Feelings of shame in OCD

I see many clients who experience feelings of shame in relation to their OCD. This can be connected with the behaviours they engage with, where a fear of being noticed while carrying out rituals can give rise to feelings of embarrassment or shame, coupled with the potential for being questioned about their behaviours.


A lot of compulsions are carried out covertly for these reasons, for example by trying to blend them in with ordinary activities to lessen the risk of them being discovered, or by waiting until others have left the room to carry them out.

Other times, shameful feelings can manifest in different ways. Many OCD topics feel scary to experience and there are themes that bring the sufferer intense feelings of being a 'bad' person as a result of experiencing these themes. They wonder what kind of person they are to have their thoughts, images, feelings, sensations or urges. What do these say about them as people? What would others think of them if they knew what's going on in their minds on a daily basis? Would they judge them, distance themselves, report them to the authorities?

There is often also an unfounded but deep concern that they may somehow lose control and do harm to people as a result of experiencing unpleasant thoughts, despite there being no evidence whatsoever that this would happen. Whenever I ask my clients what kind of harm they have inflicted in the past, I always get the same answer: none!

The thoughts, images or feelings these OCD sufferers experience usually relate to physical or sexual harm inflicted on people, often children. The harm may be carried out either by themselves or by others. They can also relate to inappropriate behaviour, which would be deemed wrong by society. Frequently, the themes experienced by sufferers involve the people they love most, or their treasured pets, which has the effect of making them feel all the more harrowing to the sufferer.

There is a sense within the person that experiencing these thoughts, images or feelings means that there is something inherently wrong with them. That 'normal' people don't have these experiences. For example, they often wonder if having an unpleasant intrusive thought, image or bodily sensation (usually what is known as a groinal response) when near a child or a family member means that they are a paedophile or incestuous. It's easy to see how difficult these sorts of topics can be to talk about and often sufferers carry them within themselves for a very long time before deciding to open up about them.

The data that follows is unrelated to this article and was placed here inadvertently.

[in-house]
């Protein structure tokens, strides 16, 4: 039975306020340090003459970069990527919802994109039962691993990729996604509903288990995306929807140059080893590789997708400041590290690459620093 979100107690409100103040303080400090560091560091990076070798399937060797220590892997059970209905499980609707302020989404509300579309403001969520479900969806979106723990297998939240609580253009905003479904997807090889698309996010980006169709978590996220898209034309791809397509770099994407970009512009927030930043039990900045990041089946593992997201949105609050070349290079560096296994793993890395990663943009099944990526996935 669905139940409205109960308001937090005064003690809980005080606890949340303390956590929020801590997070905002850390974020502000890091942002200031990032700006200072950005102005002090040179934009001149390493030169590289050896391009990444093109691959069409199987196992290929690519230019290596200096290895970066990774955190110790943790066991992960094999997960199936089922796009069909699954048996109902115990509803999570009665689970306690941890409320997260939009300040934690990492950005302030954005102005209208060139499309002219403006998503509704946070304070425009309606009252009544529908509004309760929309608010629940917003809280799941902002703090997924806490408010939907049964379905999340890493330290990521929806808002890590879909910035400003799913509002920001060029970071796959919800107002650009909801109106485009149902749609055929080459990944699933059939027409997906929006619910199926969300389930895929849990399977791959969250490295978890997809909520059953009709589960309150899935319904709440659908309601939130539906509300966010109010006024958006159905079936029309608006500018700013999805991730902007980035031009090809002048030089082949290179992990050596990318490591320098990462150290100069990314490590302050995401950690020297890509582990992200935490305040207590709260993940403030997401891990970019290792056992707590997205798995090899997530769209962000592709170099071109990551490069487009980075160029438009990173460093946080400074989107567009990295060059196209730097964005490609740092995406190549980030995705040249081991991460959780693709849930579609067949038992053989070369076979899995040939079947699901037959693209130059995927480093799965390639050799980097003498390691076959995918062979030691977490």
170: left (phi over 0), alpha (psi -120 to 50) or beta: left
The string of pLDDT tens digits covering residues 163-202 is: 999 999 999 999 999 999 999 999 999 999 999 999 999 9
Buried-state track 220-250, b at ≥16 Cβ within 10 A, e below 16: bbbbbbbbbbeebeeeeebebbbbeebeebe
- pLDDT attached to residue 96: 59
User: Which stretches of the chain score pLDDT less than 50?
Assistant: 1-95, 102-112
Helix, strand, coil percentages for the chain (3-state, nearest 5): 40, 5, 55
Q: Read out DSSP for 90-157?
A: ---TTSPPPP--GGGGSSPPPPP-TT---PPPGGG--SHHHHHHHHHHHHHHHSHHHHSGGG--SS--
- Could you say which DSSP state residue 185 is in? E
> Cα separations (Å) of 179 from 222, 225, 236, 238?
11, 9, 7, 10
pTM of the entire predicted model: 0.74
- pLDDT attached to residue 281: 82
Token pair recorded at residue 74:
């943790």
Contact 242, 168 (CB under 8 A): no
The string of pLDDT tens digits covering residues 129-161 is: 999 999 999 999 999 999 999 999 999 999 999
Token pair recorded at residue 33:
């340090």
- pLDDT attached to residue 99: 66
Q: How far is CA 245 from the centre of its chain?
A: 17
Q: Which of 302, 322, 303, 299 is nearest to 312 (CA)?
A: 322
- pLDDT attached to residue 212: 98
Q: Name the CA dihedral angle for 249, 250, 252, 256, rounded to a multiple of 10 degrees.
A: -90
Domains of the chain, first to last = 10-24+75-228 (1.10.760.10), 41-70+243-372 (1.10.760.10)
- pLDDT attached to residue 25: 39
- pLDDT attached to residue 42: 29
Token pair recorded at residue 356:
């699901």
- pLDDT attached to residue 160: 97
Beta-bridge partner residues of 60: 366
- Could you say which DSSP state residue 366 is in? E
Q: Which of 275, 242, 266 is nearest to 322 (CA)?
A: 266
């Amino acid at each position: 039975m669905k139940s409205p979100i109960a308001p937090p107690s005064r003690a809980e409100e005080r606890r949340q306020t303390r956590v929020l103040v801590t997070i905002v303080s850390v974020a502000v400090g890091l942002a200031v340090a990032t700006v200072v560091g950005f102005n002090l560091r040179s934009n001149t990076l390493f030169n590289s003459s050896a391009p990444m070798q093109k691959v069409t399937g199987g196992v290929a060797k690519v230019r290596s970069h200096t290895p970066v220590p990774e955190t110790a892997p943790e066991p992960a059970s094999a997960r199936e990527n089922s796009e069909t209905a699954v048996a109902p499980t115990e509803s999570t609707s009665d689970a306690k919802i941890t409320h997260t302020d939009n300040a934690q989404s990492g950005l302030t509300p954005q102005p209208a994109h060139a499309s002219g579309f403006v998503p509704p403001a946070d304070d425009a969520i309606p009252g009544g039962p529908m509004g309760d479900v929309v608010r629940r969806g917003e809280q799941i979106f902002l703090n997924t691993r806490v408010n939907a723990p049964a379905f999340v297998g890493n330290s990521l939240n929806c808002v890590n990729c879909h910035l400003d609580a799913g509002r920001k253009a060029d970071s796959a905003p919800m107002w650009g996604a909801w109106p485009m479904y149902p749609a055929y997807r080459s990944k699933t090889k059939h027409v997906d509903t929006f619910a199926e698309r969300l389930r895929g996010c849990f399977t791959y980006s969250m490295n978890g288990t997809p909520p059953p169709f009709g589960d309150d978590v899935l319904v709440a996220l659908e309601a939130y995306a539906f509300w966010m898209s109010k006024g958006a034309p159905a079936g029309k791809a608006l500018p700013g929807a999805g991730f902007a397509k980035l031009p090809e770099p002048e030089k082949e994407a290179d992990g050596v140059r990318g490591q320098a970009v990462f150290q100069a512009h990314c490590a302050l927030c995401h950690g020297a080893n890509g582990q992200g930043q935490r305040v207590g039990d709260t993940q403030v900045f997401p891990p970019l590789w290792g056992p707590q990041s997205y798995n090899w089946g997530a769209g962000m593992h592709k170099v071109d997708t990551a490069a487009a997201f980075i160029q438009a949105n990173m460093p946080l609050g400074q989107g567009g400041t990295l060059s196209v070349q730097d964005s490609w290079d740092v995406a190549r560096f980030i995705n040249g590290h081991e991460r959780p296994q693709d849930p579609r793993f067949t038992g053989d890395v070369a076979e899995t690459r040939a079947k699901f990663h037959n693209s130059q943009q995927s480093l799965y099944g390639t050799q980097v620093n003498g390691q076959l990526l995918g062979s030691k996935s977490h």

It's important to know that these and many other less talked about OCD themes are extremely common and that they don't say anything about the sufferer. They say something about the condition of OCD. Feelings of shame can become pervasive and suffocating, to the point where people feel unworthy of living a normal life, of interacting with others and of having enjoyable experiences with them. Their sense of isolation can in this situation become overwhelming.

Sometimes clients also carry with them a more general sense of shame resulting from their life experiences. It can be helpful to process these experiences in general counselling or with the help of a trauma specialist.

With regard to shameful feelings resulting from OCD themes, what I have found is that clients gain comfort from simply learning more about the condition of OCD and how it operates in their life. OCD is on a constant mission to get our attention and to engage us in rituals. It will stop at nothing to achieve this goal.

As OCD sufferers, we are usually by nature extremely sensitive and compassionate humans with very high anxiety. When OCD brings us harrowing themes, these will definitely get our attention. As far as OCD is concerned the more disturbing the theme, the better. Once it has us hooked we begin ruminating and before we know it, OCD has control of our lives.

Thankfully, there are very good ways to work with this to enable us to manage our situation better. These particular themes are no different to any others and they can therefore be successfully managed with the help of Exposure and Response Prevention. What I tell my clients is that, once we start to manage the clutter of our intrusive thoughts, we become better able to access our true self. What this means is that it becomes easier to decide which thoughts belong to us as people and which ones belong to the condition of OCD. This new perspective can also clear the path to looking at our lives in more depth if we feel this would be helpful.

For help with managing OCD, please find a therapist experienced in working with Exposure and Response Prevention. For informal support and information contact the UK charity OCD Action.

The views expressed in this article are those of the author. All articles published on Counselling Directory are reviewed by our editorial team.

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Basildon, Essex, SS14
Written by Carina Palmer, OCD Therapist
Basildon, Essex, SS14

I specialise in OCD therapy. I have lived with OCD for 45 years and have managed it well for a good number of years now. I'm a BACP registered counsellor with a diploma in OCD studies. In addition, I have gained experience as a helpline volunteer with the charity OCD Action before opening my own therapy practice in 2019.

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